Most are local acts, drawing no more than a few dozen fans. But the past few years have seen a boom in national names in the clubs. Not long ago, only Bogart's in Corryville and Annie's in the East End offered such acts.

Today, concerts drawing crowds from the hundreds to more than 1,000 can be found at Newport's Southgate House; Covington's Madison Theater; the 20th Century in Oakley; and at smaller nightspots, such as Lucille's Blues Club in Latonia, the Blue Wisp Jazz Club, BarrelHouse Brewing Co. in Over-the-Rhine and the University of Cincinnati-area's Mad Frog.

This weekend's Phish shows at U.S. Bank Arena are attracting a half-dozen national club headliners on both sides of the river.

That busy scene is why many owners began reviewing club safety when they heard about both the Rhode Island fire and Monday's trampling at Chicago's E2 that left 21 dead.

"The first thing I did this morning was get with our operations guy and checked everything," said Mike Cromer, owner of BarrelHouse Brewing Co., host to at least three live shows a week. "We checked fire extinguishers, exits, bulbs in the exit signs, the sprinklers, the works.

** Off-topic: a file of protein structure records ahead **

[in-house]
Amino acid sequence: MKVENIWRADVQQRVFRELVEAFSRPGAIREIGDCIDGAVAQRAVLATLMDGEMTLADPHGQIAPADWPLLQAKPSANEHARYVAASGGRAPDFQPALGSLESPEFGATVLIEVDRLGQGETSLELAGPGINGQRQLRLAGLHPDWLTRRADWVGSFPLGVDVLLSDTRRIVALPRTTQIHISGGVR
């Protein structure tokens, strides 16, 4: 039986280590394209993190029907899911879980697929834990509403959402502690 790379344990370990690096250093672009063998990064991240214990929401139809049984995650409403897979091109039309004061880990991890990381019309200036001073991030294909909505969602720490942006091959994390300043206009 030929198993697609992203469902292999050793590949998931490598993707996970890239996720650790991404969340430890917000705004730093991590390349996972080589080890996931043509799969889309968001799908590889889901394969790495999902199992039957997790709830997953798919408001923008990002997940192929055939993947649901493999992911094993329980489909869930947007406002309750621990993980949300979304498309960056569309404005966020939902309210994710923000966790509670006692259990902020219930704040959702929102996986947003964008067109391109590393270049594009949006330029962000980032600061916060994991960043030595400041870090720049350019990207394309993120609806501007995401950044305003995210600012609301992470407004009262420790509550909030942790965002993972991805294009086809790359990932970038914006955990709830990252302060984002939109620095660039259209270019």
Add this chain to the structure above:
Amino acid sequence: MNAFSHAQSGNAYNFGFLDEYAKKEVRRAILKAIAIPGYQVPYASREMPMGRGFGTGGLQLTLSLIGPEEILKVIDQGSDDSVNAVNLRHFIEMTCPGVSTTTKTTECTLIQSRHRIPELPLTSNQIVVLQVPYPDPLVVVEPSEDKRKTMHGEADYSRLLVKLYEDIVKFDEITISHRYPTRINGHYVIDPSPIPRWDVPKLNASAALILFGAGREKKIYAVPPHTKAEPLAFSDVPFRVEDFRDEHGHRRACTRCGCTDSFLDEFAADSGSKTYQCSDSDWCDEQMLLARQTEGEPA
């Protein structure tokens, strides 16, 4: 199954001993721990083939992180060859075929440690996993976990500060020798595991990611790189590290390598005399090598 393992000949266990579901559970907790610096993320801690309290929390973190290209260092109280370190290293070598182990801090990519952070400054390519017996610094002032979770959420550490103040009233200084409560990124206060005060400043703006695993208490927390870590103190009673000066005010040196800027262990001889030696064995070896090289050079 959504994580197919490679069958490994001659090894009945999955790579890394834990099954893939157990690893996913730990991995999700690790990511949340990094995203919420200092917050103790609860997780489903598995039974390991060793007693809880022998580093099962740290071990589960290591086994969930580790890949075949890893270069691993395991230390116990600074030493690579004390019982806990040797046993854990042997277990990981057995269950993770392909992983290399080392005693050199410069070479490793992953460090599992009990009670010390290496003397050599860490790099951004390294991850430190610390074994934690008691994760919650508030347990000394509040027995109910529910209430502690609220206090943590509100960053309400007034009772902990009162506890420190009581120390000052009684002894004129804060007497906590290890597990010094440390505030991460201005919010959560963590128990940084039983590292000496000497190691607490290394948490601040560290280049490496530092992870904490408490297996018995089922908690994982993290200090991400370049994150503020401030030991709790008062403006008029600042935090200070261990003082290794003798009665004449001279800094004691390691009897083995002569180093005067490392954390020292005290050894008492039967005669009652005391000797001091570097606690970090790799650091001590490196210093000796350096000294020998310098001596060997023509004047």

"We want our people to have fun, but we also want them to get home safely. The fire department inspects twice a year, and we've never had a violation."

In Newport, Mary Kummler, manager of York Street CafÈ, did a walk-through last week.

"I thought about Chicago all the way to work the day I heard about it, especially because our entertainment space is on the second floor. But what it came down to is we already have three exits and three windows leading to fire escapes, so there's really no comparison."

Bob Schneider of River City Alpine Development Group owns five buildings that house clubs in Over-the-Rhine. One of them, Jefferson Hall, has live music, mostly rock, nightly. Another, Rhythm and Blues CafÈ, has it every weekend.

He believes Cincinnati is safer than most cities because of a strict fire code and strict enforcement of its rules.